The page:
Since its founding in 1925 to manage a University of Wisconsin–Madison discovery that eventually eliminated the childhood disease rickets, the Wisconsin Alumni Research Foundation has been working with business and industry to transform university research into real products benefiting society at large.
Over the years the foundation has developed a model of technology transfer based upon true partnership with the UW–Madison and industry, an approach that today makes it one of the most successful long-term benefactors of technological innovation and public welfare in the country.
The official mission of this private, nonprofit organization is to support scientific research at the UW–Madison. WARF accomplishes this by patenting inventions arising from university research, licensing the technologies to companies for commercialization, and returning the licensing income to the UW–Madison to support further scientific endeavor. Since making its first grant of $1,200 in 1928, WARF has contributed more than $1 billion to UW–Madison, including monies to fund research, build facilities, purchase lands and equipment, and support a bevy of faculty and graduate student fellowships each year.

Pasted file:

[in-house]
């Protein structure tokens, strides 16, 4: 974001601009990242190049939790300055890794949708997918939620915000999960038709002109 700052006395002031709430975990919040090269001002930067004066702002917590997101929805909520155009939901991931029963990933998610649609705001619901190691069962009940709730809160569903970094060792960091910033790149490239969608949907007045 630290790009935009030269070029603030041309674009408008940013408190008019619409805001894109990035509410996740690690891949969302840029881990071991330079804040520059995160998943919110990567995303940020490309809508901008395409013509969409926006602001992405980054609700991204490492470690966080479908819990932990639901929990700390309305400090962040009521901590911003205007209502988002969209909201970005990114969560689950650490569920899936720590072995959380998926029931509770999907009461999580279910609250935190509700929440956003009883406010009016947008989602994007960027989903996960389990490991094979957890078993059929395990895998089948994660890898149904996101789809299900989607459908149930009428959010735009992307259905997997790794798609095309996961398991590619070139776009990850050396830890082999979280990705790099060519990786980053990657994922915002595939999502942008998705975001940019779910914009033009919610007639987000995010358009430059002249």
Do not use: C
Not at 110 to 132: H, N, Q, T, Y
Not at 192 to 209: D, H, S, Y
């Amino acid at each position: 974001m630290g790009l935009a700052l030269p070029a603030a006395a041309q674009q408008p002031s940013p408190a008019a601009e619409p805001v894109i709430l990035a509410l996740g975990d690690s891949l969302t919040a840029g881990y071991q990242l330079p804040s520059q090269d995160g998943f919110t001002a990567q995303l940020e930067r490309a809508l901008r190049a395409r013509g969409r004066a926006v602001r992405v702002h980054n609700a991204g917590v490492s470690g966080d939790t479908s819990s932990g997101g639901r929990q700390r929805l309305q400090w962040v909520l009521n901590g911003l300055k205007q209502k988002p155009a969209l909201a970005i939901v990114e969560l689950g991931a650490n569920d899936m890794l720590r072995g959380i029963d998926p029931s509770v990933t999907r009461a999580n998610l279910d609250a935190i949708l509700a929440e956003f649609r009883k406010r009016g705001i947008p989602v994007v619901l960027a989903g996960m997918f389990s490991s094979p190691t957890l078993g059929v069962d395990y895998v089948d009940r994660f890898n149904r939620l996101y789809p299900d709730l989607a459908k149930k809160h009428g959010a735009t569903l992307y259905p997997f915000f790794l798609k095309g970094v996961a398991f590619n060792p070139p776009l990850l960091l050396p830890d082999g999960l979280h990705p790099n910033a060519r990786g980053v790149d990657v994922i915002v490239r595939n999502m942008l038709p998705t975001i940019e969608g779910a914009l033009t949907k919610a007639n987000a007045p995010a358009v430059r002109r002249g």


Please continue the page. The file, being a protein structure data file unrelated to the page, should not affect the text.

The licensing and commercial development of a vitamin D discovery made by UW–Madison professor Harry Steenbock, which eventually eliminated the disease rickets worldwide, is WARF's first success story. Today the foundation continues to cultivate future successes by completing more than 100 license agreements on UW–Madison technologies each year, including patents in biotechnology, small molecule pharmaceuticals, advanced materials, microelectromechanical systems (MEMS) and microfluidic devices, medical imaging and radiation therapy, information technology and photonics.
While WARF will keep moving UW–Madison inventions into the marketplace for years to come, its basic philosophy remains best described in a decades-old quote from the foundation's pioneer executive director, Harry Russell. "WARF's job is to earn the money and give it to the university; the professors' job is to spend the money as wisely as they know how," he said.